By Funke Oshifuye
Wondering what cinnamon is? Cinnamon is the brown bark of the cinnamon tree, which when dried, rolls into a tubular form known as a quill.
Cinnamon is available in either its whole quill form (cinnamon sticks) or as ground powder, which can be found on supermarket shelves. It has a long history as a spice and medicine. Its unique healing abilities come from three basic essential oils found in its bark containing active components called cinnamaldehyde, cinnamyl acetate, and cinnamyl alcohol, plus a wide range of other volatile substances
Cinnamon’s ability to lower the release of arachidonic acid from cell membranes also puts it in the category of an “anti-inflammatory” food that can be helpful in lessening inflammation which may be why it has been used traditionally to provide relief when faced with the onset of a cold or flu, especially when mixed in a tea with some fresh ginger.
Cinnamon’s essential oil also qualifies it as an “anti-microbial” food, and as such has been studied for its ability to help stop the growth of bacteria as well as fungi, including the commonly problematic yeast – Candida.
Its antimicrobial and antioxidant properties are so effective that recent research demonstrates that this spice can be used as an alternative to traditional food preservatives due to the fact that it prevents oxidation more effectively than all the other spices and the chemical antioxidants.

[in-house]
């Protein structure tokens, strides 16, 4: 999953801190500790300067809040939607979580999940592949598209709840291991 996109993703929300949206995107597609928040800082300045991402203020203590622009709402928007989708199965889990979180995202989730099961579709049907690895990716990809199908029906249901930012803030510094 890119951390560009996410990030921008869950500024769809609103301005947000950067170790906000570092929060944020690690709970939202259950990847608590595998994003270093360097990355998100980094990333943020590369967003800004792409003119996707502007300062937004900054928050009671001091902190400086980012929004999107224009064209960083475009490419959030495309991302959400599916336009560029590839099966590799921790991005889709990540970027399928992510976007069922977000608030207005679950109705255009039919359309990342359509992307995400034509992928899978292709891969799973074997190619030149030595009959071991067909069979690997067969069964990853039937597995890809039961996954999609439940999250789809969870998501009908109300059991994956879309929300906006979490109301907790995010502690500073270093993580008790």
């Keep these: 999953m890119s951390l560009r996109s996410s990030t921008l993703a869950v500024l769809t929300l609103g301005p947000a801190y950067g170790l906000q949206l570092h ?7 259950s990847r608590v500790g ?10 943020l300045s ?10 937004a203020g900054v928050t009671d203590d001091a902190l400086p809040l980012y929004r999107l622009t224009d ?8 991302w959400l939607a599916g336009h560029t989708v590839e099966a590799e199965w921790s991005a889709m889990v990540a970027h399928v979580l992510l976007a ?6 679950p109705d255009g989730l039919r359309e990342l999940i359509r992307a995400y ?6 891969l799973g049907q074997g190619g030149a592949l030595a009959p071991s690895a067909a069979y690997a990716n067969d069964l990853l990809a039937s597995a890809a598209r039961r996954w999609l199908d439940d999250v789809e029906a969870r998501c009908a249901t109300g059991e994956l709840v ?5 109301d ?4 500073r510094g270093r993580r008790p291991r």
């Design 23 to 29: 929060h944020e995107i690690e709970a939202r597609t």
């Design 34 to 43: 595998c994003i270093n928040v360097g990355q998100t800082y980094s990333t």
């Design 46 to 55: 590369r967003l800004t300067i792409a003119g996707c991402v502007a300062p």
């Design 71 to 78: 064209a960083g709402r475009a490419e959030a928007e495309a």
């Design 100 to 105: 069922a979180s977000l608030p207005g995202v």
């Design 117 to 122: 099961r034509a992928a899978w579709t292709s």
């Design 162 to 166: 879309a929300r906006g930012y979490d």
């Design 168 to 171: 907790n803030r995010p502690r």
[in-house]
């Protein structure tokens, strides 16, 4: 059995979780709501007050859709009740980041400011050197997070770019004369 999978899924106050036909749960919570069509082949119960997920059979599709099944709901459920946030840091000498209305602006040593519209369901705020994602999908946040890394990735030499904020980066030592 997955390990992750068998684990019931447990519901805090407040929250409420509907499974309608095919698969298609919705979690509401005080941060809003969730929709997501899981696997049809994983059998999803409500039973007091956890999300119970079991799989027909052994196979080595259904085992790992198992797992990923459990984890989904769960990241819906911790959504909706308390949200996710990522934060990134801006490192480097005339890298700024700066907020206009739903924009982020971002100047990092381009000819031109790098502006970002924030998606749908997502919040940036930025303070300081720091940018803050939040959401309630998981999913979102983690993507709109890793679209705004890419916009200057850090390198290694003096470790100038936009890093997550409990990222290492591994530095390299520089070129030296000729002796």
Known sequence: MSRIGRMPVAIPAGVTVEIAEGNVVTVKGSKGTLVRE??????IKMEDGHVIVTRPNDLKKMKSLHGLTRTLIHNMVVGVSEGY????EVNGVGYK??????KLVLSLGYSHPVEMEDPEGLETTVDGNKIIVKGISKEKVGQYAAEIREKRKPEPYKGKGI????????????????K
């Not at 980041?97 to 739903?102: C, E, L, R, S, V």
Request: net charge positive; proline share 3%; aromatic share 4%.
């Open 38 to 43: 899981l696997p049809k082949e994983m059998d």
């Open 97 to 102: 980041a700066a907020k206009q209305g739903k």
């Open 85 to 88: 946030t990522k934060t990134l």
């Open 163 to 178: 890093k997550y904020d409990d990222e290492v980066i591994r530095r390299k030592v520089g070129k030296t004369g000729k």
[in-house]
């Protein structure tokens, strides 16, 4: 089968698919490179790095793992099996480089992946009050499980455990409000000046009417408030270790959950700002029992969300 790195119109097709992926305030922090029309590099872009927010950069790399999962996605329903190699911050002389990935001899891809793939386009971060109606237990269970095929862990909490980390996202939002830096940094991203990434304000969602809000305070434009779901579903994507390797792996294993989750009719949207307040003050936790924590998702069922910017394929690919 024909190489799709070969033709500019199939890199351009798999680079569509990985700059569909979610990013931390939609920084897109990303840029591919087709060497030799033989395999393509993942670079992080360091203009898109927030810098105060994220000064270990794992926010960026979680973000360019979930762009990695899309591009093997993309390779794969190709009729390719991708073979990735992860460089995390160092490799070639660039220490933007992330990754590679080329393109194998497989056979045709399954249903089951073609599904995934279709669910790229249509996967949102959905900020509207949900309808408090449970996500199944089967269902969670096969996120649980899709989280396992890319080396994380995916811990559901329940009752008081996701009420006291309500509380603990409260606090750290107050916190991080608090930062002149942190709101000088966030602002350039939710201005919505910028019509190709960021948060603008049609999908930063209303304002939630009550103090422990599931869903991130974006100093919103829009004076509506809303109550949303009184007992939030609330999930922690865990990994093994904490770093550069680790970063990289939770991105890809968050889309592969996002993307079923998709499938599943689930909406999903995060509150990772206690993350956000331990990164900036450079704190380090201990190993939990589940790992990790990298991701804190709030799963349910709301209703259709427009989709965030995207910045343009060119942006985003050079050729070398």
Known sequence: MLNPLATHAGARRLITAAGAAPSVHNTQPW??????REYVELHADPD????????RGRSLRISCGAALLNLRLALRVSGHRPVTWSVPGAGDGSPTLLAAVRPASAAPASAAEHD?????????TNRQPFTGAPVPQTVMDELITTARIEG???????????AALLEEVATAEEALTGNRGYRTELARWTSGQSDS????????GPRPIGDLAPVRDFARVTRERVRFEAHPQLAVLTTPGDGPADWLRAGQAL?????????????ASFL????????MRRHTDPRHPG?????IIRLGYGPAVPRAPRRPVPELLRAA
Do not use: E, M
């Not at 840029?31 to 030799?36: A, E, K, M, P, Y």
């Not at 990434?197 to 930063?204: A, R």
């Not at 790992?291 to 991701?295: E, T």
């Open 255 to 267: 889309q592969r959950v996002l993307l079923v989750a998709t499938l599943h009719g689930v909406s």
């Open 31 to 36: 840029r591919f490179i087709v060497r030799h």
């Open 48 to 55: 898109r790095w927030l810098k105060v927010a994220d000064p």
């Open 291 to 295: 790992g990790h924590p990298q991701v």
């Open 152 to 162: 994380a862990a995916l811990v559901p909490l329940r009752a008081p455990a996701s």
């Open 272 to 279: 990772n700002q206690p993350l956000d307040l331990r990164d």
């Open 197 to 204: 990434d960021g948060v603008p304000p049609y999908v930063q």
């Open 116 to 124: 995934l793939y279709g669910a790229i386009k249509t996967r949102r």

Seasoning a high carbohydrate food with cinnamon can help lessen its impact on blood sugar levels owing to the fact that cinnamon slows the rate at which the stomach empties after meals, reducing the rise in blood sugar after eating.
Studies have shown that compounds in cinnamon stimulate insulin receptors, inhibit an enzyme that inactivates them, thus significantly increasing cells’ ability to use glucose, and reduces blood sugar levels in persons with type 2 diabetes.
Not only does consuming cinnamon improve the body’s ability to utilise blood sugar, but just smelling the wonderful odour of this sweet spice boosts brain activity! Chewing cinnamon flavoured gum or just smelling cinnamon enhanced drink enhances attention processes, virtual recognition memory, working memory, and visual-motor speed while working on a computer-based programme.
If you asked me, I intend to include cinnamon in my next shopping list, what about you?